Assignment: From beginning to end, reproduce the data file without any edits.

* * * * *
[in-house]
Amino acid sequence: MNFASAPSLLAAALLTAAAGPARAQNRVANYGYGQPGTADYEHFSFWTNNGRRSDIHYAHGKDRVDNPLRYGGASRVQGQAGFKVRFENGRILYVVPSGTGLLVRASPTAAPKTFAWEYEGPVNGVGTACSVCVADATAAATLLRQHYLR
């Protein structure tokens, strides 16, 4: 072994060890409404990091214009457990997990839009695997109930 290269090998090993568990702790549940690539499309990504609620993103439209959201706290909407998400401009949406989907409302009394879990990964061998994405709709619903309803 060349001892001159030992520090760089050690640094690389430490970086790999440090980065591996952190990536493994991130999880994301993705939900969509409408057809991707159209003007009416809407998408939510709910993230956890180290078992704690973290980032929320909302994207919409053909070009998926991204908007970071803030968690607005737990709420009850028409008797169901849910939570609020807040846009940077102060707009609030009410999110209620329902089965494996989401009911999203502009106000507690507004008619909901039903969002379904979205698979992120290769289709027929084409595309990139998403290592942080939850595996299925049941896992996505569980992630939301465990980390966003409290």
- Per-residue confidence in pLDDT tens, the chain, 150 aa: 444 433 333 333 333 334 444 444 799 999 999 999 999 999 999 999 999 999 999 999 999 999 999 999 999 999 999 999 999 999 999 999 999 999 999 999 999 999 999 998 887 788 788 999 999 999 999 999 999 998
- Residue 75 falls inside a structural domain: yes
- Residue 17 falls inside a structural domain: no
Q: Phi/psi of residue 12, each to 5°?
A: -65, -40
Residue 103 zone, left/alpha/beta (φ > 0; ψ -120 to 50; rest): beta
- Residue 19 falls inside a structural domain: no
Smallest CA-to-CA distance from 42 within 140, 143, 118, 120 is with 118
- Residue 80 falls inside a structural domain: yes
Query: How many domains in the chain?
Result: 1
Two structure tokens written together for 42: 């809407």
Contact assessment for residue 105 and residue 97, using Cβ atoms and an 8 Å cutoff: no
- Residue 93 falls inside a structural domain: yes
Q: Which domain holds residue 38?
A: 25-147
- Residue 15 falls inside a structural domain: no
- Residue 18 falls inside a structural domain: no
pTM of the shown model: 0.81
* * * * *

[in-house]
Amino acid sequence: MNFASAPSLLAAALLTAAAGPARAQNRVANYGYGQPGTADYEHFSFWTNNGRRSDIHYAHGKDRVDNPLRYGGASRVQGQAGFKVRFENGRILYVVPSGTGLLVRASPTAAPKTFAWEYEGPVNGVGTACSVCVADATAAATLLRQHYLR
């Protein structure tokens, strides 16, 4: 072994060890409404990091214009457990997990839009695997109930 290269090998090993568990702790549940690539499309990504609620993103439209959201706290909407998400401009949406989907409302009394879990990964061998994405709709619903309803 060349001892001159030992520090760089050690640094690389430490970086790999440090980065591996952190990536493994991130999880994301993705939900969509409408057809991707159209003007009416809407998408939510709910993230956890180290078992704690973290980032929320909302994207919409053909070009998926991204908007970071803030968690607005737990709420009850028409008797169901849910939570609020807040846009940077102060707009609030009410999110209620329902089965494996989401009911999203502009106000507690507004008619909901039903969002379904979205698979992120290769289709027929084409595309990139998403290592942080939850595996299925049941896992996505569980992630939301465990980390966003409290």
- Per-residue confidence in pLDDT tens, the chain, 150 aa: 444 433 333 333 333 334 444 444 799 999 999 999 999 999 999 999 999 999 999 999 999 999 999 999 999 999 999 999 999 999 999 999 999 999 999 999 999 999 999 998 887 788 788 999 999 999 999 999 999 998
- Residue 75 falls inside a structural domain: yes
- Residue 17 falls inside a structural domain: no
Q: Phi/psi of residue 12, each to 5°?
A: -65, -40
Residue 103 zone, left/alpha/beta (φ > 0; ψ -120 to 50; rest): beta
- Residue 19 falls inside a structural domain: no
Smallest CA-to-CA distance from 42 within 140, 143, 118, 120 is with 118
- Residue 80 falls inside a structural domain: yes
Query: How many domains in the chain?
Result: 1
Two structure tokens written together for 42: 């809407």
Contact assessment for residue 105 and residue 97, using Cβ atoms and an 8 Å cutoff: no
- Residue 93 falls inside a structural domain: yes
Q: Which domain holds residue 38?
A: 25-147
- Residue 15 falls inside a structural domain: no
- Residue 18 falls inside a structural domain: no
pTM of the shown model: 0.81